Former unified middleweight champion Gennady Golovkin is set to make his 2019 debut against Steve Rolls on June 8 at Madison Square Garden in New York.
But who is Steve Rolls? And why is he facing Golovkin?
The late Bert Sugar might have joked that Rolls isn’t even a household name in his own household. It’s no surprise that Golovkin had no idea who Rolls was before signing the fight contract.
“I don’t know right now,” Golovkin said when asked about his awareness of Rolls’ ability during a news conference in Los Angeles. “It’s not funny. This is dangerous for me.”
Perhaps Golovkin is afraid of the unknown, but who is Rolls, really?
“I’m a guy that doesn’t give up. I’m coming to fight,” Rolls said. “I’m a dangerous situation for any fighter in the world that overlooks me.”
“After my last fight a couple of months ago, I was saying, ‘I love doing this, but I’ve got to make a living. When am I going to break out? When am I going to get that breakout fight that’s going to get my name out there?'” Steve Rolls
Regardless of the outcome, this is, in many ways, the culmination of a dream that began for Rolls in 2001, when he was in the 11th grade at John McGregor Secondary School in Chatham, Ontario. As he and his friends were playfully slap-boxing in the cafeteria, something that they did often, something just clicked for Rolls.
“I really got the best of somebody,” Rolls recalled. “I went to the gym, [started training] and I fell in love with it.”
By the summer of 2002, he was competing in his first amateur tournament. With an amateur record of 83-14, he was good enough to make the Canadian National Boxing Team in 2009 and 2010 before embarking on his professional career in 2011.
“I really feel I’m one of the best middleweights in the world,” he said. “I just haven’t had my time to shine.”
He boasts an undefeated record of 19-0 with 10 knockouts, but he hasn’t faced anyone remotely at the level of Golovkin.
This opportunity is a massive shock to Rolls’ current day-to-day life. As a personal trainer, he enjoys working with clientele from all walks of life. He plans to open up his own gym, but for now he travels to various fitness facilities around the Toronto area to provide his expertise. He even makes house calls.
The fight is a chance for Rolls to turn all of his attention toward himself and his boxing pursuits. His passion for the sport is undeniable, and he admits that he really doesn’t know what he’d be doing if it weren’t for boxing.
That said, it’s hard to look at an unknown like Rolls and give him much of a chance against the No. 6 pound-for-pound fighter in the world. But Rolls, 35, certainly doesn’t seem to lack confidence or poise.
“If I need to box, I can box,” he said of his capabilities. “If I need to bang, I can bang.”
Looking at the tape, Rolls is more solid than spectacular. He has good fundamental technique, but you wonder how he will fare against the upper echelon of the division.
After Brandon Adams, who was the front-runner to face Golovkin, decided to sign a contract to face interim middleweight titleholder Jermall Charlo instead, Rolls stepped in to face GGG in his first bout with DAZN.
While he may have considered himself to be in the running to face Golovkin, Rolls was cautiously optimistic until he got the news. Then his manager, Todd Christie, told Rolls about the massive opportunity that had fallen into his lap.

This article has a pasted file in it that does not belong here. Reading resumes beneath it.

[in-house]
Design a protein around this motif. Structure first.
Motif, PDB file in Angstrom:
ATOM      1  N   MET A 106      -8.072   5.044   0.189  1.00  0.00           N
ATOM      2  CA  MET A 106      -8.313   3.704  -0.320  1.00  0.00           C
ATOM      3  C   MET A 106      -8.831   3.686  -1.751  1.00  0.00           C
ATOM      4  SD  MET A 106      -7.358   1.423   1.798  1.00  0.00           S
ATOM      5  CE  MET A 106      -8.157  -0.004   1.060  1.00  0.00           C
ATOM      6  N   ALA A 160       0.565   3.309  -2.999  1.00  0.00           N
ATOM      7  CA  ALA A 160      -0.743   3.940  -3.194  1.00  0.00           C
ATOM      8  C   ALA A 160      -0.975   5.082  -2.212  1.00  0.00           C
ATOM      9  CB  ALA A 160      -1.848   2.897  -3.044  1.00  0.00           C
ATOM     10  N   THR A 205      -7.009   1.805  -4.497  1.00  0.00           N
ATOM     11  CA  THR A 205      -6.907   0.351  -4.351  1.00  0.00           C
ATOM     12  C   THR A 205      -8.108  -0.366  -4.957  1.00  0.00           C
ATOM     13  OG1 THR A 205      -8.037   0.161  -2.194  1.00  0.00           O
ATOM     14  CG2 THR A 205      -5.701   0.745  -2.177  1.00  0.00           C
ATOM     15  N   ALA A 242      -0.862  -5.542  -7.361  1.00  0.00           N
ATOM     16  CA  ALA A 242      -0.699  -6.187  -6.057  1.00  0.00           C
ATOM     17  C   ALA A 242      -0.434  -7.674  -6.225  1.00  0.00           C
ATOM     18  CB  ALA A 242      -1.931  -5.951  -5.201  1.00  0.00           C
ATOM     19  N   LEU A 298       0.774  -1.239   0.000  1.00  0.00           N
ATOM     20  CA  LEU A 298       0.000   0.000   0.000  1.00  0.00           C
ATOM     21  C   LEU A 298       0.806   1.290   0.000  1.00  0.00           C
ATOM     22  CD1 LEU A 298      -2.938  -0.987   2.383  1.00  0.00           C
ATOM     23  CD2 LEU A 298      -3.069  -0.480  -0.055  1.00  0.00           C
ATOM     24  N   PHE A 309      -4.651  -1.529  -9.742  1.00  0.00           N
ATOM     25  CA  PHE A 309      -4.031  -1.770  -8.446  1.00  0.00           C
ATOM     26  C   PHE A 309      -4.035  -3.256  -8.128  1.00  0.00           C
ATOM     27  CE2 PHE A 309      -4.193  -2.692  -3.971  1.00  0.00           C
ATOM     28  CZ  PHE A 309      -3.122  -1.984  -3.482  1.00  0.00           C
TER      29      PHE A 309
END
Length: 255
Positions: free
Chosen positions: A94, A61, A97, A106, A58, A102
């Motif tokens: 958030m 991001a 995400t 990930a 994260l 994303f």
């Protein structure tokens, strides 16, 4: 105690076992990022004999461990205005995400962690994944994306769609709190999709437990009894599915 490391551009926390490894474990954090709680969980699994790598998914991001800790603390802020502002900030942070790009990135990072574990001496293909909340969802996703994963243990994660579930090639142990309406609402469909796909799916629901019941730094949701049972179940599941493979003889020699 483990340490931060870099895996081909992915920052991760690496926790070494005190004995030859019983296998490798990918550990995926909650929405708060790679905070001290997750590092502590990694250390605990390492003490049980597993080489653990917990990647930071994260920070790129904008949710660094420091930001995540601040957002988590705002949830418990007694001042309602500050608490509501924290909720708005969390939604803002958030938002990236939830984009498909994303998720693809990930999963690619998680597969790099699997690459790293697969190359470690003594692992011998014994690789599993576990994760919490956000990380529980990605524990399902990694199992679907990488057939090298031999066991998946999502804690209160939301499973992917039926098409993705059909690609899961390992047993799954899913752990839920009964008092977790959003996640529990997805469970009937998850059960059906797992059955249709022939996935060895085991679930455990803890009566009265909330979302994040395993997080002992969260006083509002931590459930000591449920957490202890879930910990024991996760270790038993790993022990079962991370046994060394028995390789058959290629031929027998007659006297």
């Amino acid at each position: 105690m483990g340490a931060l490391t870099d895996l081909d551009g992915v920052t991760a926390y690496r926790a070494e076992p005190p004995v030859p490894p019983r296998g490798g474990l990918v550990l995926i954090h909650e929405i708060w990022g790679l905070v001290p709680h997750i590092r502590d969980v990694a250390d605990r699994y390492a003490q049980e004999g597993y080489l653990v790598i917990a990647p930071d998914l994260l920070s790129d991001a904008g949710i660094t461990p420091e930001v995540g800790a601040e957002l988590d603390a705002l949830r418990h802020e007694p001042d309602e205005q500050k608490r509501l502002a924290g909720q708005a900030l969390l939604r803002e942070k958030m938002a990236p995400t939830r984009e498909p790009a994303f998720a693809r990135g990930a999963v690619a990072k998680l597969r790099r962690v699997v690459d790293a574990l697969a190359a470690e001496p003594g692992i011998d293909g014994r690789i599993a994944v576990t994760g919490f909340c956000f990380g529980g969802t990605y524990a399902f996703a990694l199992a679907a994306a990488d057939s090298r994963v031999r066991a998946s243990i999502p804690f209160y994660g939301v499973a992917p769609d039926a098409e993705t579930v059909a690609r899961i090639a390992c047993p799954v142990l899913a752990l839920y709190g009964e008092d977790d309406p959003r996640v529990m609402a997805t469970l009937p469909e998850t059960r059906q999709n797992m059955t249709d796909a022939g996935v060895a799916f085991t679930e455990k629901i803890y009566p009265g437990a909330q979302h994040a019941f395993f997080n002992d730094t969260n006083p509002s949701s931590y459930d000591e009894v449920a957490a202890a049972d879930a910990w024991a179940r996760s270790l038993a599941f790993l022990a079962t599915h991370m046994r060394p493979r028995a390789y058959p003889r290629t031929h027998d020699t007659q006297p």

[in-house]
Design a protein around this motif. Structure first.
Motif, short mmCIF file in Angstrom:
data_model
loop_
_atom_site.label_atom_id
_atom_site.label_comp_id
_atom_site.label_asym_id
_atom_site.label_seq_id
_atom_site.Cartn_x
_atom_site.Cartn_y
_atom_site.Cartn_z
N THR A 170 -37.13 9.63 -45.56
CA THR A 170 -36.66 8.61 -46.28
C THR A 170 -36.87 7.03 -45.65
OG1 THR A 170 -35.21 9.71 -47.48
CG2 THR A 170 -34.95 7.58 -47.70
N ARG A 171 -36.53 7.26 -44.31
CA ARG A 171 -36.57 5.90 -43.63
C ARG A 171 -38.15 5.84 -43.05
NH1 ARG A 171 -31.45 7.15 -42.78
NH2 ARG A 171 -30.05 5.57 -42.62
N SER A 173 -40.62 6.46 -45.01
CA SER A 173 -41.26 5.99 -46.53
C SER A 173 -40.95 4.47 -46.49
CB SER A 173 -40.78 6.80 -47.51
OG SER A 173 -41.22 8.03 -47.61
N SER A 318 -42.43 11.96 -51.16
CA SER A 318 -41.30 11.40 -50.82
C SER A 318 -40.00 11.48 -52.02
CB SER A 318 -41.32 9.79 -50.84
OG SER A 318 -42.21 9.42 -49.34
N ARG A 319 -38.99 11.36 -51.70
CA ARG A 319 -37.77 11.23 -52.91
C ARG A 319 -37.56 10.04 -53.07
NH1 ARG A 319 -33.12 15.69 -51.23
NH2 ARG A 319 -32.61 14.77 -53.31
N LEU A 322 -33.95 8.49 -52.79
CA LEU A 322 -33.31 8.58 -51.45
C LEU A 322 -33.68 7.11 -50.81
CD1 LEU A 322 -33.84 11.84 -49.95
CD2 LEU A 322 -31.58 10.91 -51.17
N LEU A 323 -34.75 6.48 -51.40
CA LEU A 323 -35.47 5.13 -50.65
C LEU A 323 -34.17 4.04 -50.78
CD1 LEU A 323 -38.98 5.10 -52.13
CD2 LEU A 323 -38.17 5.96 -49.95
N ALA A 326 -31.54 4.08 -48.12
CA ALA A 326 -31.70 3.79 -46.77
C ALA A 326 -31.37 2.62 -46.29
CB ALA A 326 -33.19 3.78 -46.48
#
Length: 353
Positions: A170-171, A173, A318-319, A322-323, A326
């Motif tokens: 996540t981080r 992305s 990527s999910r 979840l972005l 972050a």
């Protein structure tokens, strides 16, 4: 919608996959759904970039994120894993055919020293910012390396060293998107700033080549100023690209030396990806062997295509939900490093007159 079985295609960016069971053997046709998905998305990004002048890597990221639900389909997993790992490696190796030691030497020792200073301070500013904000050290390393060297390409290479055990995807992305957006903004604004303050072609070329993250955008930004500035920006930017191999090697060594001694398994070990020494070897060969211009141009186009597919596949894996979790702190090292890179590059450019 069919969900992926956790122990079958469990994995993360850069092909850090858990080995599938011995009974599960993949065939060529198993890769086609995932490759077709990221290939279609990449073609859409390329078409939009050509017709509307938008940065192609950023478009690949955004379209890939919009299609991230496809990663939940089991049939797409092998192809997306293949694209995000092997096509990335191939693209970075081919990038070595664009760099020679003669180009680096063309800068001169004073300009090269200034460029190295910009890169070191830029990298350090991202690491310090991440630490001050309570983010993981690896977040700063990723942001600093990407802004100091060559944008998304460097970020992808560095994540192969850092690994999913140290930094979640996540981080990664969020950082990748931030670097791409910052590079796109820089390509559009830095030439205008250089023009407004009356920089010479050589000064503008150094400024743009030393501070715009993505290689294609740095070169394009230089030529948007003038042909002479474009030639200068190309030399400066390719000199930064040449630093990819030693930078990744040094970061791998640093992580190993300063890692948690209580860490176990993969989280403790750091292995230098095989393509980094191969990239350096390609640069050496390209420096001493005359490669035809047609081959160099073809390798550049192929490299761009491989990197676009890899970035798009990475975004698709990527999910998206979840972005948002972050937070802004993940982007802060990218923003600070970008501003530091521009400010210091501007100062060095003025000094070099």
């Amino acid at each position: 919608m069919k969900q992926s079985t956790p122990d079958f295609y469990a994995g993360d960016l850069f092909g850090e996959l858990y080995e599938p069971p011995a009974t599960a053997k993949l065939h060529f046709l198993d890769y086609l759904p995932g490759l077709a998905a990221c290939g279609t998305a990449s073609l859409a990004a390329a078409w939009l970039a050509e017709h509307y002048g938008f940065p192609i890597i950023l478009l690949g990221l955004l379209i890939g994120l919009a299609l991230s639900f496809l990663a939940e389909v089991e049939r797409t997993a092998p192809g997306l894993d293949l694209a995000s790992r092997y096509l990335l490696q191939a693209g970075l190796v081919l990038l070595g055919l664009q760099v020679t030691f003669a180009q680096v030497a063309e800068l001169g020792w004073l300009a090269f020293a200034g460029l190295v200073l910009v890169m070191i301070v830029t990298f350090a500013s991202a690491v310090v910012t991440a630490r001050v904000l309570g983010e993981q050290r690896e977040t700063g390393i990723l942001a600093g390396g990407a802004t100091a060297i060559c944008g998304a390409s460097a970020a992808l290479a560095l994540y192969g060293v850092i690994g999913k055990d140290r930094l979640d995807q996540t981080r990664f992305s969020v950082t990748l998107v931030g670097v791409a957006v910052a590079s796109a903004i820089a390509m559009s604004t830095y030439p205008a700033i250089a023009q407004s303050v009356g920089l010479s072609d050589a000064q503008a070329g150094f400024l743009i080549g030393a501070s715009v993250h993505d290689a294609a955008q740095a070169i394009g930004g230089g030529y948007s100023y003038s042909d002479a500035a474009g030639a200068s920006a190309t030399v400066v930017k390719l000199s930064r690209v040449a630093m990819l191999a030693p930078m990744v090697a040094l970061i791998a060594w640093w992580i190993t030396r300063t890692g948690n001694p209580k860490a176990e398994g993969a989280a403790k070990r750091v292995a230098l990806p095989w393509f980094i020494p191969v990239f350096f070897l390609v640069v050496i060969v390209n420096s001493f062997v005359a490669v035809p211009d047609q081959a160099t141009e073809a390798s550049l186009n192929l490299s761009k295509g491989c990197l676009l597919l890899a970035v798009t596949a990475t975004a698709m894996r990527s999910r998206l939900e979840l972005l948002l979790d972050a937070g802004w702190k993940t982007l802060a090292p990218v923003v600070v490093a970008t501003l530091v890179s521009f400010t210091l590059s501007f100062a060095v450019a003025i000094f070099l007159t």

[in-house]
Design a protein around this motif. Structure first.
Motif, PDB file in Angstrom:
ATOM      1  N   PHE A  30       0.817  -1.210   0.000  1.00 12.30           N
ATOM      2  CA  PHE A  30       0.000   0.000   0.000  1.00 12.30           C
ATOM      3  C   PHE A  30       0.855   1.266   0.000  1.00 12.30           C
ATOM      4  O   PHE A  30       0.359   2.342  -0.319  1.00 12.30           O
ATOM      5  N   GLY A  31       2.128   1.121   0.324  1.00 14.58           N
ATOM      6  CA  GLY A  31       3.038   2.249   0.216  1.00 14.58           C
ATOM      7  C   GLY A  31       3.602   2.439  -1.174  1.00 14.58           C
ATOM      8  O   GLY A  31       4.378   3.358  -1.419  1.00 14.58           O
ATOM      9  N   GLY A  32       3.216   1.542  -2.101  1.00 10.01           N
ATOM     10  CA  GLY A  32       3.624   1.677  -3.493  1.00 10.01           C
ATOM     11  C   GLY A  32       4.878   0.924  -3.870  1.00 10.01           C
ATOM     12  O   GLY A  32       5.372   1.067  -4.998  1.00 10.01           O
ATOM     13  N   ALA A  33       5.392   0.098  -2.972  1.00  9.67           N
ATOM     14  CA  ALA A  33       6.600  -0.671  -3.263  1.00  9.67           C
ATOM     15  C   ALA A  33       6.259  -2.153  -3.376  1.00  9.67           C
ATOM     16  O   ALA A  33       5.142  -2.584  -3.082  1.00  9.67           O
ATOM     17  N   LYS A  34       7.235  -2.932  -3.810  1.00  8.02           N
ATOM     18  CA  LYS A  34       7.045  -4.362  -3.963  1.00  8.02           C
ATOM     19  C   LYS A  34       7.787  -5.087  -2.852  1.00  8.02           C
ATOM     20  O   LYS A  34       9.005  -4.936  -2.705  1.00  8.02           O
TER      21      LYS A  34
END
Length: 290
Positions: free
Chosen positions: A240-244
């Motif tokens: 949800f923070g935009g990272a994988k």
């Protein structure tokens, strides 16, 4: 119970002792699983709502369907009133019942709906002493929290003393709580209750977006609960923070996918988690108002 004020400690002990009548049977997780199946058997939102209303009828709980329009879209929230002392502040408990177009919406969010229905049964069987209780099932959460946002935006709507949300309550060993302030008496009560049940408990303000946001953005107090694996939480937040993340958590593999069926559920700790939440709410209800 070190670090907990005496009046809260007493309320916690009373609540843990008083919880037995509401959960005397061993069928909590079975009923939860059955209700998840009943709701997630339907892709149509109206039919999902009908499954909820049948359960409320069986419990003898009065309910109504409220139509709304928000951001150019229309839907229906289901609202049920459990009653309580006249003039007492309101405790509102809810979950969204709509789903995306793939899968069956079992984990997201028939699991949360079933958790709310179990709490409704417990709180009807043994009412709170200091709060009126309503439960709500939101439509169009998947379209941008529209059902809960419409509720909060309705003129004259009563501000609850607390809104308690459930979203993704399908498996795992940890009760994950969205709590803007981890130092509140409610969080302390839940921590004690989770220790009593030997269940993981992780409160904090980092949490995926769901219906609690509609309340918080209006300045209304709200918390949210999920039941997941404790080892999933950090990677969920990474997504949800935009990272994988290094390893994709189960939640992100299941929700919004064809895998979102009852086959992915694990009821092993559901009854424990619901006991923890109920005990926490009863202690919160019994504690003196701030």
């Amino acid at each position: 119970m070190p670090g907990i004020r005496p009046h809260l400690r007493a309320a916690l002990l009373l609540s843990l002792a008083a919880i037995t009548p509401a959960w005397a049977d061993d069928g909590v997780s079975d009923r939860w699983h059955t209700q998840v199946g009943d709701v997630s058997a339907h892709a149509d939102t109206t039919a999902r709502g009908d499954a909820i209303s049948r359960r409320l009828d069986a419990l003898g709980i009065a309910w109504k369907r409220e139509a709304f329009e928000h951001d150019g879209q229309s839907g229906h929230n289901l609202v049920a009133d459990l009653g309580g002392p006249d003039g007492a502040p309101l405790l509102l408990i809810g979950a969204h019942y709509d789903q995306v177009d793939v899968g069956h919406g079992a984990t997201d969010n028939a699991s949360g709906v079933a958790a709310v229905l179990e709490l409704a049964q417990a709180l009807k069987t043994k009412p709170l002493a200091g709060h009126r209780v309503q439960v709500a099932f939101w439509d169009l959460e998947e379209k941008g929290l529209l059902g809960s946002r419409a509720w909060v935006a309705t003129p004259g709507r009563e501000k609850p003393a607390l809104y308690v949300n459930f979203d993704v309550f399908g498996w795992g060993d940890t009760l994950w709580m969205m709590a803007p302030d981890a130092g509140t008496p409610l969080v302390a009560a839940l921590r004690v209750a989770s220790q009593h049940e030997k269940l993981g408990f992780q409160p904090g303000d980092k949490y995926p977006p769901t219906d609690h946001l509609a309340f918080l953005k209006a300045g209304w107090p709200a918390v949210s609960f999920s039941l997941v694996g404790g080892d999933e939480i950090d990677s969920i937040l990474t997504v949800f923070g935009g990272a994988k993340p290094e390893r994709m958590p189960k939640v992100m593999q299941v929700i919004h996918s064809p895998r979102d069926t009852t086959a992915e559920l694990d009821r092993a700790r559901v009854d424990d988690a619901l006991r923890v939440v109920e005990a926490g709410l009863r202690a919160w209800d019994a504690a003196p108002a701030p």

“I couldn’t believe it. It was an unbelievable feeling. I mean, this is a life-changing thing,” said Rolls, who in recalling that moment thought for a quick second that it may have been an extended April Fools’ Day joke. “But my manager is pretty serious about this kind of stuff, so I knew it was real. It was a great feeling, it’s what I’ve worked my whole career for.
“It is surreal. I’ll be honest: I was thinking even about a month ago, ‘Man, I feel like I’m one of the best-kept secrets in the middleweight division and I can’t keep fighting the guys that I’ve been fighting. How do I get my name bigger?'”
The main reason for Rolls’ selection was simple: He is expected to be a soft touch for Golovkin before he jockeys for a third match with archnemesis Canelo Alvarez, the unified middleweight champion.
Rolls has worked with trainer Tommy Howat for 14 years, and Howat’s confidence in his fighter is palpable. Howat notes that while Rolls’ official record has a dearth of recognizable names, he has sparred with the likes of Adonis Stevenson, David Lemieux, Billy Joe Saunders, Glen Johnson, Andy Lee and Lucian Bute.
If Rolls and Howat have any doubt about what Rolls is capable of against a world-class opponent, they’re not showing it.
“I’ve never seen him be dominated [in sparring],” Howat said. “June 8, we’ll be shocking the world.”
Coming into 2019, despite an undefeated pro record, there was a realization that at the age of 35, something significant had to change for Rolls to continue in the sport. There are thousands of professional boxers, but few are living comfortably from boxing alone. While he had some great experiences, such as spending time at the famous Kronk Gym in Detroit and being under the guidance of the late Emanuel Steward for a stretch, moments and memories alone don’t pay the bills.
“After my last fight a couple of months ago, I was saying, ‘I love doing this, but I’ve got to make a living. When am I going to break out? When am I going to get that breakout fight that’s going to get my name out there?'” Rolls said.
He now has his chance, and should Rolls pull off the unlikely win against Golovkin, everything will be different.
“When I beat Golovkin, that will be life-changing money,” he said. “And once I’m victorious, it’s going to be like hitting the Super Lotto.”